Dove’s ‘racist’ ad might have cost the brand an advantage it spent 13 years building

Dove Facebook ad

  • Dove is hardly the first marketer to find itself

    embroiled in a public-relations crisis this year
    , but it’s
    likely to take a bigger hit than others, experts say.
  • This is because the digital ad — which many say carries
    an overtly racist message — flies in the face of everything
    Dove has been trying to say about women over the past decade
    with its « Real Beauty » campaign.
  • Dove’s screwup also once again highlights the delicate
    place that marketers occupy in the age of social media, where a
    consumer mob can quickly jump on a misstep and cause it to
    escalate far beyond the brand’s control.

Dove is the latest marketer to
find itself in hot water
after it ran what many saw as a
racist ad on Facebook last week.

The beauty brand posted a three-second video on its US Facebook
page on Friday showing a black woman removing her top to reveal a
smiling white woman underneath. On Saturday, the brand apologized
and said in a
that it had removed the clip.

While Unilever, which owns the Dove brand, is hardly the first to
find itself
embroiled in a public-relations crisis
this year, experts say
it’s likely to take a bigger hit than others,
like Pepsi
, which was hammered earlier this year for an ad
starring Kendall Jenner.

That’s because the Dove ad isn’t just tone-deaf — more
problematic is that its message seems to stands staunchly against
everything that the company’s much-praised, pro-women marketing
has stood for over the past decade. Its uber-successful
13-year-old « Real Beauty » campaign has featured messaging such as
« You’re
more beautiful than you think
. »

« The Pepsi mishap seems small compared to this ad by Dove and
Unilever, » said Chris Allieri, the principal of Mulberry
Astor, a New York-based PR, branding, and marketing agency. « For
a company that has professed to embrace ‘real beauty’ by
showcasing everyday women, this misstep is unconscionable. »

With this unforced error, the company has unraveled the entire
premise of its « Real Beauty » campaign, said Erich Joachimsthaler,
the founder and CEO of the branding-strategy firm Vivaldi
Partners. Those ads have long centered on rejecting insular
notions of beauty while
vowing to feature
« real women of different ages, sizes,
ethnicities, hair color, type or style. »

« Dove’s brand has been built on this unique and well-communicated
belief system, » he said. « And this ad undermines the very brand
value for which Dove stands. »

Not only has Dove built its brand on « Real Beauty, » but Unilever
too has embraced a role as a champion of diversity in the
advertising and marketing industry.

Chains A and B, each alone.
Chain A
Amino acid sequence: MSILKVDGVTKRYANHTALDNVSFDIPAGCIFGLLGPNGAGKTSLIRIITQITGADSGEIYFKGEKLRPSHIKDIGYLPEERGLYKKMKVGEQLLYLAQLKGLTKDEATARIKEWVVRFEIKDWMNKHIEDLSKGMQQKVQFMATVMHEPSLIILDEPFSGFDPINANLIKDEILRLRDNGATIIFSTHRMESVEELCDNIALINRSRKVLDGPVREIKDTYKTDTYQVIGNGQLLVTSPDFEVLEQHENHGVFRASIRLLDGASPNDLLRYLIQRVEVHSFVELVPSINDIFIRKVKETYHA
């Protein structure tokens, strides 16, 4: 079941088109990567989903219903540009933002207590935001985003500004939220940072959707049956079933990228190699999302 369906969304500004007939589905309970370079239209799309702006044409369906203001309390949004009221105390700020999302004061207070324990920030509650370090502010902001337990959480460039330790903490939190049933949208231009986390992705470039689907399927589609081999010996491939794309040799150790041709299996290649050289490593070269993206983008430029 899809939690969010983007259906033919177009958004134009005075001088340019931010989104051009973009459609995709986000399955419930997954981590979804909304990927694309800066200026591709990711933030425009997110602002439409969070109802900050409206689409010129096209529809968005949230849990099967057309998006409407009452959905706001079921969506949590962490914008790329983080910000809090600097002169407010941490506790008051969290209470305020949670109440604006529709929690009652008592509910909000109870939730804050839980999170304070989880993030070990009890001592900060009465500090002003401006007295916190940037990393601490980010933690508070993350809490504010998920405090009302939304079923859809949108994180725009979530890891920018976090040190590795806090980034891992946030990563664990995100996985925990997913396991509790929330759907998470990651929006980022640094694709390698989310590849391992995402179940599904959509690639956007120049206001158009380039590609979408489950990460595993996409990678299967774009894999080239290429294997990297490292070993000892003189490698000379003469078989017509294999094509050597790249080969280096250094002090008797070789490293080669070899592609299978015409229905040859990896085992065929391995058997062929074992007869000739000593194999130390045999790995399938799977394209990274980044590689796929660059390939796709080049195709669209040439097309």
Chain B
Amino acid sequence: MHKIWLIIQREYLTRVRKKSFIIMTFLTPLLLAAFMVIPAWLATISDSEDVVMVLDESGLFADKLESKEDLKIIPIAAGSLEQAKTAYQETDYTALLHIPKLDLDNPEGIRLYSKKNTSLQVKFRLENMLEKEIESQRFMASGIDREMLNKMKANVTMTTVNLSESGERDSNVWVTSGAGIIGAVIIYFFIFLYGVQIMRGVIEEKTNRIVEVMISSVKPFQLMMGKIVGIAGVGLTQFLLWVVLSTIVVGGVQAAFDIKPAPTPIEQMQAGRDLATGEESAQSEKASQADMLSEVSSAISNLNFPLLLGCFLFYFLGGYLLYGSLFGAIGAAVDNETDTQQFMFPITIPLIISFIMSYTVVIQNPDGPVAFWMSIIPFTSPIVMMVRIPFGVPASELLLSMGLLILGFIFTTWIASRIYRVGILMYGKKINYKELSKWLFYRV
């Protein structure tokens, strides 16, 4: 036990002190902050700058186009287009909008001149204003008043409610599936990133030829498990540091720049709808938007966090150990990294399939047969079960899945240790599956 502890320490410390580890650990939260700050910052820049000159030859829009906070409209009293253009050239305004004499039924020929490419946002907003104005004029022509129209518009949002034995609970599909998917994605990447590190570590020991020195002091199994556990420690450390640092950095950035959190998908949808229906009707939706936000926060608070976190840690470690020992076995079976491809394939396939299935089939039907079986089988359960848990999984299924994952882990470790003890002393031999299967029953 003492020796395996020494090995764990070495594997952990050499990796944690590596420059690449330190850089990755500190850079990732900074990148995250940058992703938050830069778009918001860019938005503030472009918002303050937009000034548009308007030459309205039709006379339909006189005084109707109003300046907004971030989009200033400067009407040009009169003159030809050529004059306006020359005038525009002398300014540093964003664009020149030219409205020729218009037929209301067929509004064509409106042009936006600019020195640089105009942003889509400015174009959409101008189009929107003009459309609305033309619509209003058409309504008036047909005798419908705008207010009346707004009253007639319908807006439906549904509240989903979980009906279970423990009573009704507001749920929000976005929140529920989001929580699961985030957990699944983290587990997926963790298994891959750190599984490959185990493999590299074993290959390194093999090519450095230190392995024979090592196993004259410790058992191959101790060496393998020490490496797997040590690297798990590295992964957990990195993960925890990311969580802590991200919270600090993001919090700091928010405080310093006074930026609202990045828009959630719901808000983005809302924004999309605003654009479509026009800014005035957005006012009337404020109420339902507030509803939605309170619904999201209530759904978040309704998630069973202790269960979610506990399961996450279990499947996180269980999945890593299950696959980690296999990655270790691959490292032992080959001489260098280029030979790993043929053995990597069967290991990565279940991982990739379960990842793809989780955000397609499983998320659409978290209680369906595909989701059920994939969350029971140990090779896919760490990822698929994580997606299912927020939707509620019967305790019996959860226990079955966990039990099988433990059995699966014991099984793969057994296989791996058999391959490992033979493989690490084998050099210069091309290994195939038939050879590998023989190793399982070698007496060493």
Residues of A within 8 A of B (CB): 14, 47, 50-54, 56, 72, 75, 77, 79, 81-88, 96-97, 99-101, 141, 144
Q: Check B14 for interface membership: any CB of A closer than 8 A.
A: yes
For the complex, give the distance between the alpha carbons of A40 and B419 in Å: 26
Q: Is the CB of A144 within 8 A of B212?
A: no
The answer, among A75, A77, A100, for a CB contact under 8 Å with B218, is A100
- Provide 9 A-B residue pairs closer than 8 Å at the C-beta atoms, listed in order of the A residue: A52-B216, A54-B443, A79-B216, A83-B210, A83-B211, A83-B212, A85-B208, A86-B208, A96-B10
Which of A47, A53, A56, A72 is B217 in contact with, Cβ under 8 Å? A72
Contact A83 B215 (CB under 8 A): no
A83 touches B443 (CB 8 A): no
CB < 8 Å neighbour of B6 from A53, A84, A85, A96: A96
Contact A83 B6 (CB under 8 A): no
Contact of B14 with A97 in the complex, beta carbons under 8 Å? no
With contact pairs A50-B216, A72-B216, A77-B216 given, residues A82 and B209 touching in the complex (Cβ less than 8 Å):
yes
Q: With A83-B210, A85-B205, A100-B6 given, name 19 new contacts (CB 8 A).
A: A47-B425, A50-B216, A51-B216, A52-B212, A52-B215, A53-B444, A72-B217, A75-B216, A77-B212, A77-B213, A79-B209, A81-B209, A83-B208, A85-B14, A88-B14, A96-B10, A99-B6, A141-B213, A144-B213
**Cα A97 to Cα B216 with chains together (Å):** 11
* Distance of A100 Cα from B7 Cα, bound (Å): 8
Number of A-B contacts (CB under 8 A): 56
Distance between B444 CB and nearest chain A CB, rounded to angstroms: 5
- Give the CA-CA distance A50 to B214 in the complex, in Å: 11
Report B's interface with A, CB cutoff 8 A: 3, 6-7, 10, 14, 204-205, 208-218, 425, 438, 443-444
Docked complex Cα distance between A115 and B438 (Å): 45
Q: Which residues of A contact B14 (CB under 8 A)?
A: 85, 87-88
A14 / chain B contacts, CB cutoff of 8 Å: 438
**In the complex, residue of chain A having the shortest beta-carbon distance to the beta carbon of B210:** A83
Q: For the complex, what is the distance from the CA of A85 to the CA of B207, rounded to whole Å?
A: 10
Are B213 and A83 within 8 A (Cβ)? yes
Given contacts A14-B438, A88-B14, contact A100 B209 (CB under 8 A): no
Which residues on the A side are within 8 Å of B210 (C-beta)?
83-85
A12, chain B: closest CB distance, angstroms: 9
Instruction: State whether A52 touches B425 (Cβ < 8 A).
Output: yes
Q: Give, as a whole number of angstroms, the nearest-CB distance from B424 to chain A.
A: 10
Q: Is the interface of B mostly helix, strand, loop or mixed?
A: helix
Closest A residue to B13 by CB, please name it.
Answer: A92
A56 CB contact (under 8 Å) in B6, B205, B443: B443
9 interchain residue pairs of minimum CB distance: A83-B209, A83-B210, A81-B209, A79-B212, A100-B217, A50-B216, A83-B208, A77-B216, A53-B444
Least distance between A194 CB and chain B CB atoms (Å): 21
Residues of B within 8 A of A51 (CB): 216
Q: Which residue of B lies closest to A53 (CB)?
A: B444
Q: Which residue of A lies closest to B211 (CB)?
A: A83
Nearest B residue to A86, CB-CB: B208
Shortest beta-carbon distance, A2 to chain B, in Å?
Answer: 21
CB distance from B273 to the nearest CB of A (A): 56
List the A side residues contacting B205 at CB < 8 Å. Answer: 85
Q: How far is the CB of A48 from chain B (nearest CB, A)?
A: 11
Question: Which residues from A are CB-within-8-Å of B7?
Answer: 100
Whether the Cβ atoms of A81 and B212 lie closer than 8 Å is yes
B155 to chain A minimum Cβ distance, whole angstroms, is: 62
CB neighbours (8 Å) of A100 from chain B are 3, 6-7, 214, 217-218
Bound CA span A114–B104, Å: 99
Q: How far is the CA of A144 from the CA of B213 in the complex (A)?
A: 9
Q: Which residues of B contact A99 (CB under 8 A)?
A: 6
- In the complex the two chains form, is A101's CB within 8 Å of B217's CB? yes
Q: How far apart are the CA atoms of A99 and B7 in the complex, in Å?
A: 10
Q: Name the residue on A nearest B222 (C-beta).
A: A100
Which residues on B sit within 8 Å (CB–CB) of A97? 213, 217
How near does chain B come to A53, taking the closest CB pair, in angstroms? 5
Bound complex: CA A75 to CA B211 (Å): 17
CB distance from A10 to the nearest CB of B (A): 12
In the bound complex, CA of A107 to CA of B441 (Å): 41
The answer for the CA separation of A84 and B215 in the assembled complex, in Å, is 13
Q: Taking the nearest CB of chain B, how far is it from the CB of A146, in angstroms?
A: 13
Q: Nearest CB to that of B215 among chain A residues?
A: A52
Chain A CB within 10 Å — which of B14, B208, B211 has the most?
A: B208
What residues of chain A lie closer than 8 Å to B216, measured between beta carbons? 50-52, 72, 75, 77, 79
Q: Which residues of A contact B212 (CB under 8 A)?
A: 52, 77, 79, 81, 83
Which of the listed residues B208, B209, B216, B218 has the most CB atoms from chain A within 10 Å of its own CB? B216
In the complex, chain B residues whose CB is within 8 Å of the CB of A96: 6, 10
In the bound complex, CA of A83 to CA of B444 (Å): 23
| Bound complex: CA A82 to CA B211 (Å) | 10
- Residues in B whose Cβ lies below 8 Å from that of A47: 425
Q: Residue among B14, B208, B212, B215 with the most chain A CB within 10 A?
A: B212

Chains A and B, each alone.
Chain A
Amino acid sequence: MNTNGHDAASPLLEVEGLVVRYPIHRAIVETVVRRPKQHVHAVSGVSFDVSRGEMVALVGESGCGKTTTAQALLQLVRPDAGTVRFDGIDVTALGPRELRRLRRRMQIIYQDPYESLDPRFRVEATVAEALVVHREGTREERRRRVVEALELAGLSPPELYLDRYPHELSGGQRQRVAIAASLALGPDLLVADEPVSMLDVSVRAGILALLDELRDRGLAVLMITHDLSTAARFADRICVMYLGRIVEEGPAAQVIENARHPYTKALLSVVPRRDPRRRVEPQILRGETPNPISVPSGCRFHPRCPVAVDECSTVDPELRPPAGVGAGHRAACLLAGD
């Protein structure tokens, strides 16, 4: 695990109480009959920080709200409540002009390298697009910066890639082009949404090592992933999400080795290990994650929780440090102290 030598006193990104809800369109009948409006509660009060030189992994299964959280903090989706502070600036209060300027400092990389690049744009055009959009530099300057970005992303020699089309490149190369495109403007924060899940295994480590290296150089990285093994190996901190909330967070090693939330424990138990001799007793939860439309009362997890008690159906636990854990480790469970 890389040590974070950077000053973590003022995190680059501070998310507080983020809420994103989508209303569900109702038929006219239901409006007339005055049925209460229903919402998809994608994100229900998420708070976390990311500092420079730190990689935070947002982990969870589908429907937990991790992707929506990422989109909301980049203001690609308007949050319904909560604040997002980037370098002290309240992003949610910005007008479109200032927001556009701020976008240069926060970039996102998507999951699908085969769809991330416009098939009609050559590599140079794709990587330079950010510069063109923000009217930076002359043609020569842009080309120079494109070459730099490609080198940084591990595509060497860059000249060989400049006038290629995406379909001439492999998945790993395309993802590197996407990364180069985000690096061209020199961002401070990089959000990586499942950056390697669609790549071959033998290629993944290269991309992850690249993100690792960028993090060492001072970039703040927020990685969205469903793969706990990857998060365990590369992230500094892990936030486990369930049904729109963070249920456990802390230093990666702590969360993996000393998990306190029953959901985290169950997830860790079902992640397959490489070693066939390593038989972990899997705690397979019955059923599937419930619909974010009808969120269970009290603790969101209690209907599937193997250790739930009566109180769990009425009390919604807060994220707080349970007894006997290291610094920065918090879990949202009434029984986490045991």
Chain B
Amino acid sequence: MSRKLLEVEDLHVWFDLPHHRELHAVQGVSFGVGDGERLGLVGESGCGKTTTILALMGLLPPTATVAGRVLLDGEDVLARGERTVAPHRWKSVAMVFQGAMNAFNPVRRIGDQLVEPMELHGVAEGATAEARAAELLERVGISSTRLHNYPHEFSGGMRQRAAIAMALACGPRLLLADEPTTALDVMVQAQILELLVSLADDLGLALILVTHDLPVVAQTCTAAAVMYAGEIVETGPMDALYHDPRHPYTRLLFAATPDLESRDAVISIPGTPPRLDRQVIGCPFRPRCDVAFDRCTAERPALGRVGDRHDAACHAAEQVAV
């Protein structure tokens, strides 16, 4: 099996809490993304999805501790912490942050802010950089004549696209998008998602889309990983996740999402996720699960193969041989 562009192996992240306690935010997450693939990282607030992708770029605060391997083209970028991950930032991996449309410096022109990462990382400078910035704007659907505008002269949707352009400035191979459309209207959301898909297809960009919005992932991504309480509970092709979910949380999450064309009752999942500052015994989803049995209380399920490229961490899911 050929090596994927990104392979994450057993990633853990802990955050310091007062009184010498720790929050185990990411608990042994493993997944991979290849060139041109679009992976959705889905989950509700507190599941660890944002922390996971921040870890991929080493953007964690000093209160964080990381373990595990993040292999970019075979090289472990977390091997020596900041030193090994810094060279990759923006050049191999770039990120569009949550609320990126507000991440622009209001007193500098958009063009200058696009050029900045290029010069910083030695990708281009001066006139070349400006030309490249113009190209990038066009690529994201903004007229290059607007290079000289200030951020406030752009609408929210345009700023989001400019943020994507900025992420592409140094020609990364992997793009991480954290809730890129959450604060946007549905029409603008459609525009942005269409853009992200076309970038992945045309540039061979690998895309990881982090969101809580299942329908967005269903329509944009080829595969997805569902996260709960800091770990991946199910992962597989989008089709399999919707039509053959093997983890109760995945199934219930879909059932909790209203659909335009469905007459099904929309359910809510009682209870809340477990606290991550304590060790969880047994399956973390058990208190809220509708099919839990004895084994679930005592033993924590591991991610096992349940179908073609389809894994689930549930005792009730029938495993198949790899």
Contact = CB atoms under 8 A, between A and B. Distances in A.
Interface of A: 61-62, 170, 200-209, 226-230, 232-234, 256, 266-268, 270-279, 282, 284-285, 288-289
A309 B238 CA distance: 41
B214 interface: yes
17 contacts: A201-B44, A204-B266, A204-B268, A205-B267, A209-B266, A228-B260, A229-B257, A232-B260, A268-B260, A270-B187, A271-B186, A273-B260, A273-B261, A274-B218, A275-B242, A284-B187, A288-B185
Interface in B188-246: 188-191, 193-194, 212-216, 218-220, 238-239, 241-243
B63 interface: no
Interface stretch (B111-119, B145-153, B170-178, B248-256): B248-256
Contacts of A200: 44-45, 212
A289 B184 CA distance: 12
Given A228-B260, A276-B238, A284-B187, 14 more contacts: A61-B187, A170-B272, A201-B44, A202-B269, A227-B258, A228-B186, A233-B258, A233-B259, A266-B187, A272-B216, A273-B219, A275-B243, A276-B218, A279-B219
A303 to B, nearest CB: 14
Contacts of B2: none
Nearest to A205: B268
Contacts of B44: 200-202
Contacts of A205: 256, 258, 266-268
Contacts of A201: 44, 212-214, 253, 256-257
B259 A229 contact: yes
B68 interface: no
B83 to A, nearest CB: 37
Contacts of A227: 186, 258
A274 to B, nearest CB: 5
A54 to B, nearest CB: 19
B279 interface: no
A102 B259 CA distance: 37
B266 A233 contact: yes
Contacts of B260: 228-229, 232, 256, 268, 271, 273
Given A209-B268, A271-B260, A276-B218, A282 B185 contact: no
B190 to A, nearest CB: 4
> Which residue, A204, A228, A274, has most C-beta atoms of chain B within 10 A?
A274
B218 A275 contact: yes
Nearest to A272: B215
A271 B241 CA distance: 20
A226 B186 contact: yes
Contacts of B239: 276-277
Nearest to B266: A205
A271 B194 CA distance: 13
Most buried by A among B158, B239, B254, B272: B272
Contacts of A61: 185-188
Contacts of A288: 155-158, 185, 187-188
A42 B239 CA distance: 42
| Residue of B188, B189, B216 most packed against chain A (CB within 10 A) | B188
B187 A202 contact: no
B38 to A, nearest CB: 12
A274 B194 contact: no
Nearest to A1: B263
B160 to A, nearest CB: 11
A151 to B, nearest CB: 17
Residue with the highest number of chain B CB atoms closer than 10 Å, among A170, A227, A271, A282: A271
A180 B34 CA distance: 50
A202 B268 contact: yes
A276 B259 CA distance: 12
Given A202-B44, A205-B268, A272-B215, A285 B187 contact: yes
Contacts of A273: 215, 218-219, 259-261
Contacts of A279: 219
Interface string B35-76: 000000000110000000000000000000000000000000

Unilever is at the forefront of an industry group called
the Unstereotype Alliance
, tasked with proactively coming up
with ways to make ads less stereotypical. The group, launched to
much fanfare at the Cannes Lions festival this summer, was

lauded by Unilever’s marketing chief, Keith Weed
, during his
panels at Advertising Week two weeks ago.

« When your ad is being called ‘racist’ by people across social
media, you’ve done a lot more than ‘miss the mark,' » Allieri
said. « It just goes to show that in reality there is a long way
from Cannes to Main Street. Maybe they should have ‘real people’
create the ads rather than just starring in them. »

This isn’t the first time Dove has caused outrage — many people
see the ad as just the latest
in a string of marketing efforts
from Dove that elevate white
beauty above that of women of color.

In 2011, for example, Dove apologized for an ad for its
VisibleCare body wash
that seemed to show a black woman in
the « before » photo and a white woman in the « after » photo with
« more beautiful skin. » And in 2012, Dove faced criticism for
advertising its Summer Glow Lotion as being for « normal to dark
skin. »

« This would be a crisis of extreme proportions even if it was a
one-off, » said Matt Rizzetta, the CEO of the brand-communications
agency North 6th Agency. « But it’s not the first time that it’s
happened to them, and that’s why lands them a place alongside the
biggest brand crises of the year, including United and Uber. »

Dove’s widely derided ad also once again highlights the delicate
place that brands occupy in the age of social media, where a
consumer mob can quickly jump on any perceived slight and cause
it to escalate far beyond the brand’s control. Like
United Airlines
earlier this year, Dove has lost control of
its narrative and consumers have called for a boycott, using the
hashtag #BoycottDove.

« I don’t question their intent, but I do question their approval
process, their execution, and general common sense, » Rizzetta
said. « While social media requires a faster turnaround and a
shorter response time, there need to be ample checks and balances
to ensure that the sensitivity of the message is at par with
speed and response time. »

Dove told Business Insider the short video was intended to convey
that Dove body wash was for every woman, as well as celebrate
diversity, « but we got it wrong. » The brand also said the video
« did not represent the diversity of real beauty, which is
something Dove is passionate about and is core to our beliefs, »
and that it was « re-evaluating our internal processes for
creating and approving content to prevent us making this type of
mistake in future. »

Experts said the brand must not only put an efficient
crisis-communications plan in place, but walk the walk.

« Launching an Unstereotype Alliance at an advertising party with
lots of rosé at the beach or fancy yacht events at Cannes is just
a lot of talk, » Joachimsthaler said. « They need to walk the
talk. »

Laisser un commentaire

Votre adresse de messagerie ne sera pas publiée. Les champs obligatoires sont indiqués avec *